Psychology Today

Can’t Wait!
By Jett Stone, February 20 2008

Our presidential candidates are offering images of a new post-election world and boasting about their respective experience—but the forward-thinking chants are more naturally rousing: New research shows that when we’re imagining the future, we experience more vivid emotions than when we’re describing events that have actually happened.

While psychologists have recommended that we savor good memories to improve our well being, the new finding suggests that daydreaming about good times yet to come may also make us happier. Though researchers aren’t certain as to why visions of the future are more emotional, it probably has to do with our brain’s ability to meld different potential scenarios into one colorful collage, whereas our memories only have the limited facts at hand to reconstruct what’s already occurred.

We may be tempted to rush into events that we know will be enjoyable, but it’s better to postpone those experiences and relish the anticipation, says Leaf Van Boven of Cornell University’s Johnson School of Management, who conducted the research with Laurence Ashworth of Queen’s University in Ontario, Canada.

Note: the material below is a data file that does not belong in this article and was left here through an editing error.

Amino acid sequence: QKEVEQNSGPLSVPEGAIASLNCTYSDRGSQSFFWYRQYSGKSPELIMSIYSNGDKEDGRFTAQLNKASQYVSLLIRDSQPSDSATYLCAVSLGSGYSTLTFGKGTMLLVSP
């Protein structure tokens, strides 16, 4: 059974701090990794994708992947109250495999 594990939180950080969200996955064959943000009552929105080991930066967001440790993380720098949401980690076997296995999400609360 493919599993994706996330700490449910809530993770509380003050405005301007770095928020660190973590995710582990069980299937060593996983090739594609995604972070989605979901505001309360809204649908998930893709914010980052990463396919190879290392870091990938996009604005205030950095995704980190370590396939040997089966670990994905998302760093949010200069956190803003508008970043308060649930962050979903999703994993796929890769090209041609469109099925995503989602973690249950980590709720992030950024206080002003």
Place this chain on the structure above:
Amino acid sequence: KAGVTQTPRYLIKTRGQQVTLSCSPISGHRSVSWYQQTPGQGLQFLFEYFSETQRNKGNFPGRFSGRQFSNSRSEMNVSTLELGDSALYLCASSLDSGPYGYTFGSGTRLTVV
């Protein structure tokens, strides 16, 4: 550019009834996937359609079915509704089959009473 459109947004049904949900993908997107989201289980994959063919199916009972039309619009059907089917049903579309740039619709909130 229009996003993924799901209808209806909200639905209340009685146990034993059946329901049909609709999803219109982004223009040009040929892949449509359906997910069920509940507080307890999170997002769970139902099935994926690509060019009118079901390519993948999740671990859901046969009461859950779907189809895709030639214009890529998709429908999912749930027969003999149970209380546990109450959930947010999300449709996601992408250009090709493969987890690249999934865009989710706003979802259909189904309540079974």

Therapists often encourage patients to explore the past and speculate about the future, but one time frame may be preferable to the other, depending on what the therapeutic goals are. Dwelling on your upcoming birthday blowout is mood enhancing, but the flip side of the new research is that it shows how focusing on negative future events—a looming court date, for example—can cause us unnecessary anxiety, thanks to our overactive imaginations. A better way to cope, says Van Boven, is to trick our mental time machines by pretending the court battle has already been waged, and imagining it in the past tense, where it won’t be recalled as floridly.

If you’re preparing for a nerve-racking speech, for example, instead of feverishly anticipating the crowd reaction, it may be more calming to switch perspectives and picture the speech two weeks later—as if it were behind you. Then you can “recall” the end of the speech, when the audience erupted in applause.

Van Boven says whether we’re oriented in the future or past affects the decisions we make, which is why he thinks his research could shed light on how our emotional reactions to leaders can be manipulated with time references. “Since both Democrats and Republicans are responding to the word ‘change,’” he says, “they must all be excited by the potential for a brighter future.” Maybe we should postpone the election and just sit with those happy fantasies a while longer.